Barbara gained her first experience in furniture conservation during a placement in a furniture restoration workshop in Munich. Her interest in studying abroad combined with the wish to gain more practical experience led her to the HND in Furniture Restoration at the London Guildhall University in Autumn 2000.
After completing the HND in Furniture Restoration and in order to gain more knowledge and experience she enrolled in the BSc Restoration and Conservation at the London Metropolitan University. As part of the BSc course, and in order to learn about conservation practice abroad, Barbara went on a placement to the Austrian Museum of Applied Art (MAK) in Vienna. During the two and a half months placement Barbara enjoyed experiencing museum conservation practises first hand.
Barbara is looking forward to studying at the RCA/V&A. The MA course will complement Barbara's wish to deepen and broaden her experience in the field of furniture conservation. This will be further enhanced by the unique possibility to work at the V&A with the guidance of the present experts and its unique collection of modern and old objects.
Hazel E Arnott
After graduating in 1999 Hazel applied to, and was successful in gaining a place on the Royal School of Needlework Apprenticeship. This three year Apprenticeship teaches the fundamentals of traditional embroidery skills with a strong emphasis placed on the high standard of workmanship. A work experience placement during the third year of the Apprenticeship was undertaken with the Textile Conservation Department of the National Trust. This experience confirmed that training as a conservator within the field of textiles was the perfect opportunity to combine her interests.
A further two years have been spent working for the Royal School of Needlework since completing the Apprenticeship in 2002, before moving on to study for a MA in the Conservation of Tapestries and Textiles in Historic Interiors.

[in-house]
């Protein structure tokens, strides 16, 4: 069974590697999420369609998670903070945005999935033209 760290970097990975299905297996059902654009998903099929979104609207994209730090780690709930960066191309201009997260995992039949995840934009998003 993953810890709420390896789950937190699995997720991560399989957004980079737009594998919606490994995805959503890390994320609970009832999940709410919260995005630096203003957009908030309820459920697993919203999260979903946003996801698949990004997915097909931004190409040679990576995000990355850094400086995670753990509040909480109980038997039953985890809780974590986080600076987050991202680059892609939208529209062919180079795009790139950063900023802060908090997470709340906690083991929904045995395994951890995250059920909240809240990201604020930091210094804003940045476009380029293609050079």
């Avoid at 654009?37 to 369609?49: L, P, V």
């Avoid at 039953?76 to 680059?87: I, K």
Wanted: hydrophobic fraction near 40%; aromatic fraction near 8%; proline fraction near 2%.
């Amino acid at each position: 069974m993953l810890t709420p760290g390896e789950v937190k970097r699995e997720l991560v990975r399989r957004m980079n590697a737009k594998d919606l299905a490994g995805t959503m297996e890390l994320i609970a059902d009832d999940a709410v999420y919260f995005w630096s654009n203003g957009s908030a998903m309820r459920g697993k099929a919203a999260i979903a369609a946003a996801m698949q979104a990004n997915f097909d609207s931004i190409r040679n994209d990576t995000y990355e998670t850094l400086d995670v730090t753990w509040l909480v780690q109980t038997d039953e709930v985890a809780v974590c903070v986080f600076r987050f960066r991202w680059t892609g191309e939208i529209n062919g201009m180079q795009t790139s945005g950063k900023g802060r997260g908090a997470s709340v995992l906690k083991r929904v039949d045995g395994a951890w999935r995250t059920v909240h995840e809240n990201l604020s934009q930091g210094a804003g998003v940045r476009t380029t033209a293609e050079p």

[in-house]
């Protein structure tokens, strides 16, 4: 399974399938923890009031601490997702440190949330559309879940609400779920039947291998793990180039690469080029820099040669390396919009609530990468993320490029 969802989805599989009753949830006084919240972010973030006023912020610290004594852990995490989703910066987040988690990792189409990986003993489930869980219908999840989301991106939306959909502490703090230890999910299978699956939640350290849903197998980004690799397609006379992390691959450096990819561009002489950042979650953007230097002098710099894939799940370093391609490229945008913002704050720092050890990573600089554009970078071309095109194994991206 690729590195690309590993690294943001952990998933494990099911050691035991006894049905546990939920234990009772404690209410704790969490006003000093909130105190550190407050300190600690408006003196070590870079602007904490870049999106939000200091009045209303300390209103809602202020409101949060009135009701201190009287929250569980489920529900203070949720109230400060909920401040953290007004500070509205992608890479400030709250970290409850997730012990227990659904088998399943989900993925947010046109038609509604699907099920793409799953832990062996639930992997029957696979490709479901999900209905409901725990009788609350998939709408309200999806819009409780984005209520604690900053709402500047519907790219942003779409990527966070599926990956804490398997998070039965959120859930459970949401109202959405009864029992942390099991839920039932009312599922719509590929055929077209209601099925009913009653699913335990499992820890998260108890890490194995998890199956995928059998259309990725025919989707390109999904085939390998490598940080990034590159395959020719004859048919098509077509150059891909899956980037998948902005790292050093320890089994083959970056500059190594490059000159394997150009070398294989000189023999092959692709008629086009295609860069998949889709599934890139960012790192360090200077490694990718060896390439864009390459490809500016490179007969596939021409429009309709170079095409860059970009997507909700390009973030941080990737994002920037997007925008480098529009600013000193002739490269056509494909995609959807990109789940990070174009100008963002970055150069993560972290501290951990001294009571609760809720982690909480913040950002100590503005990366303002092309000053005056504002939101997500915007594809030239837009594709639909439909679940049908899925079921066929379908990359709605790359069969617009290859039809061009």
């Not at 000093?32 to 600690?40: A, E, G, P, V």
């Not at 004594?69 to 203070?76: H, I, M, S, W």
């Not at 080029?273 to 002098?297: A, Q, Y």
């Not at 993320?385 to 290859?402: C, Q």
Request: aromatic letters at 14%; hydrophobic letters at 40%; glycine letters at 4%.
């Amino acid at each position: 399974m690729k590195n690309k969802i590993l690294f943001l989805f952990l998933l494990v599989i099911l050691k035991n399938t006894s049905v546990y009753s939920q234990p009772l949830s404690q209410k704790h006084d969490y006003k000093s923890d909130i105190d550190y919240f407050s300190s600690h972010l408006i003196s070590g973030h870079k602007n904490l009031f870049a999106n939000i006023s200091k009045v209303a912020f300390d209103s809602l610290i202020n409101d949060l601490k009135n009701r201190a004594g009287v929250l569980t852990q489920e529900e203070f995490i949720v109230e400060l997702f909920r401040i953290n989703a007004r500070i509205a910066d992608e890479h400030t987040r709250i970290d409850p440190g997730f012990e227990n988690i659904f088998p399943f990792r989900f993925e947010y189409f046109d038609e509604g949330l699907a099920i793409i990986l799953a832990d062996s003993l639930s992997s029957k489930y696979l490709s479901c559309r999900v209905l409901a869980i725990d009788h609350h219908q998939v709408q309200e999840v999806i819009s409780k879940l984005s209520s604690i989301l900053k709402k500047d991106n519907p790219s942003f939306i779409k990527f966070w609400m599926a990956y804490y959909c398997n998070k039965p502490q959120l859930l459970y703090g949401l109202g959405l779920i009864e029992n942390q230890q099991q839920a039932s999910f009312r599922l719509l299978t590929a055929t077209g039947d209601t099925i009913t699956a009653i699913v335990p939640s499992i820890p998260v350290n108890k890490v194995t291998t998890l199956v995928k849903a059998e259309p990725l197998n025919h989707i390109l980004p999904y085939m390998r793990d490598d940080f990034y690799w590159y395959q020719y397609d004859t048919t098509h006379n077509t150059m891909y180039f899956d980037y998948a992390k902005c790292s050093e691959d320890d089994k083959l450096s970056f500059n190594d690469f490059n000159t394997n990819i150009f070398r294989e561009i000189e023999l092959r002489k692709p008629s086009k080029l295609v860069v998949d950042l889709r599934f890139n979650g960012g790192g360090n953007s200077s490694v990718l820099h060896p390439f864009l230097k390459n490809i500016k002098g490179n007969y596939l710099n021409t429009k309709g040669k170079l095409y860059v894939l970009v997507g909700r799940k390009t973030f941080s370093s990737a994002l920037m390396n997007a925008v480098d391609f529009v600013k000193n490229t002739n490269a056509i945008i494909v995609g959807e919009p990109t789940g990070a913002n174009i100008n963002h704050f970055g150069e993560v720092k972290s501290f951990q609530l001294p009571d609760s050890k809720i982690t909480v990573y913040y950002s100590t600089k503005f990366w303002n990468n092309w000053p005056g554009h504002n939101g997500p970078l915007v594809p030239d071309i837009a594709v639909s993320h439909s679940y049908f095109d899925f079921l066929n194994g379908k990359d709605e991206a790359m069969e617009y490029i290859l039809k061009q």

Museology was an integral part of the Camberwell course and during her post-graduate diploma she studied the ethics of vehicular conservation and display in order to broaden her horizons beyond the boundaries of paper conservation. Visits to the Imperial War Museum and the National Army Museum over the years resulted in an MA essay on the ethics of the conservation and display of war-damaged objects and provided the catalyst for her current research.
This work aims to explore the myriad of moral issues presented by objects damaged by war and to assess how these can best be approached. Her intention is for this work to be used as a reference tool by practical conservators rather than being an academic treatise irrelevant to the realities of a real conservation studio.
Louise left Barbados in 2000 to do a 2-year diploma in Design, Silversmithing, Jewellery and Allied Crafts, at the end of which she was awarded a Commendation from the Worshipful Company of Goldsmiths for commercial design and manufacture. She went on to study a Postgraduate Diploma in the Conservation and Restoration of Fine Metalwork at West Dean College, where she was awarded The British Antique Dealers Association Frank Gutteridge Prize for her research project on the ancient decorative metalwork technique of Granulation, as well as the British Antique Dealers Association Harold Davies Prize. She then enrolled on the Professional Development Diploma Course in the Conservation and Restoration of Fine Metalwork at West Dean, during which she did a six- week internship in the Metals Conservation Department of the British Museum.
Tsing-Young Dora Tang
Dora is currently studying Chemistry with Conservation Science at Imperial College, London and will begin the third year of a four year course. She recently spent eight weeks in the Department of Conservation, Documentation and Science at the British Museum.
Dora is very interested in the links between science and art, with a passion for art specifically painting and a knowledge of chemistry she looks forward to studying Conservation Science with the RCA and the V&A.